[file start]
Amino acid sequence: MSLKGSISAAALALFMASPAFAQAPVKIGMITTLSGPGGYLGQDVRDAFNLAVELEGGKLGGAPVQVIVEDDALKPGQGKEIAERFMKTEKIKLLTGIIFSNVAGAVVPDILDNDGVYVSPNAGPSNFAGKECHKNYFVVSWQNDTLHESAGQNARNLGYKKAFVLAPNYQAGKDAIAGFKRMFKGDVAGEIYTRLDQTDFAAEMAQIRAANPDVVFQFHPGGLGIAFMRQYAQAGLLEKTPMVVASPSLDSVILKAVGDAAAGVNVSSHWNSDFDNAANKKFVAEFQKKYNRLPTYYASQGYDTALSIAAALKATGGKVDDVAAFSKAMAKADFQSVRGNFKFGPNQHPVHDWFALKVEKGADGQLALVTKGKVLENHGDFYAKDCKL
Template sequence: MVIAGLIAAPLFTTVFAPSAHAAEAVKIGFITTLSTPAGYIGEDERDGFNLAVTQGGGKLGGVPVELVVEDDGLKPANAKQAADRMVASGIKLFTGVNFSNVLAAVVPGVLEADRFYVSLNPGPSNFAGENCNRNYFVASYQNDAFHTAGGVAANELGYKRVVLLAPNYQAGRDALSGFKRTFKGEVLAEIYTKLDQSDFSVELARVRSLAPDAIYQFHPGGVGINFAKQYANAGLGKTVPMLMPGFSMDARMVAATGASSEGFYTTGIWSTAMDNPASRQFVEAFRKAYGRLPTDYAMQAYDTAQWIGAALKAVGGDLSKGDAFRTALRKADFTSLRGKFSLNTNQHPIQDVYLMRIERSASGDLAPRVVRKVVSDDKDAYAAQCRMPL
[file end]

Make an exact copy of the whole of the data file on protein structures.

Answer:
Amino acid sequence: MSLKGSISAAALALFMASPAFAQAPVKIGMITTLSGPGGYLGQDVRDAFNLAVELEGGKLGGAPVQVIVEDDALKPGQGKEIAERFMKTEKIKLLTGIIFSNVAGAVVPDILDNDGVYVSPNAGPSNFAGKECHKNYFVVSWQNDTLHESAGQNARNLGYKKAFVLAPNYQAGKDAIAGFKRMFKGDVAGEIYTRLDQTDFAAEMAQIRAANPDVVFQFHPGGLGIAFMRQYAQAGLLEKTPMVVASPSLDSVILKAVGDAAAGVNVSSHWNSDFDNAANKKFVAEFQKKYNRLPTYYASQGYDTALSIAAALKATGGKVDDVAAFSKAMAKADFQSVRGNFKFGPNQHPVHDWFALKVEKGADGQLALVTKGKVLENHGDFYAKDCKL
Template sequence: MVIAGLIAAPLFTTVFAPSAHAAEAVKIGFITTLSTPAGYIGEDERDGFNLAVTQGGGKLGGVPVELVVEDDGLKPANAKQAADRMVASGIKLFTGVNFSNVLAAVVPGVLEADRFYVSLNPGPSNFAGENCNRNYFVASYQNDAFHTAGGVAANELGYKRVVLLAPNYQAGRDALSGFKRTFKGEVLAEIYTKLDQSDFSVELARVRSLAPDAIYQFHPGGVGINFAKQYANAGLGKTVPMLMPGFSMDARMVAATGASSEGFYTTGIWSTAMDNPASRQFVEAFRKAYGRLPTDYAMQAYDTAQWIGAALKAVGGDLSKGDAFRTALRKADFTSLRGKFSLNTNQHPIQDVYLMRIERSASGDLAPRVVRKVVSDDKDAYAAQCRMPL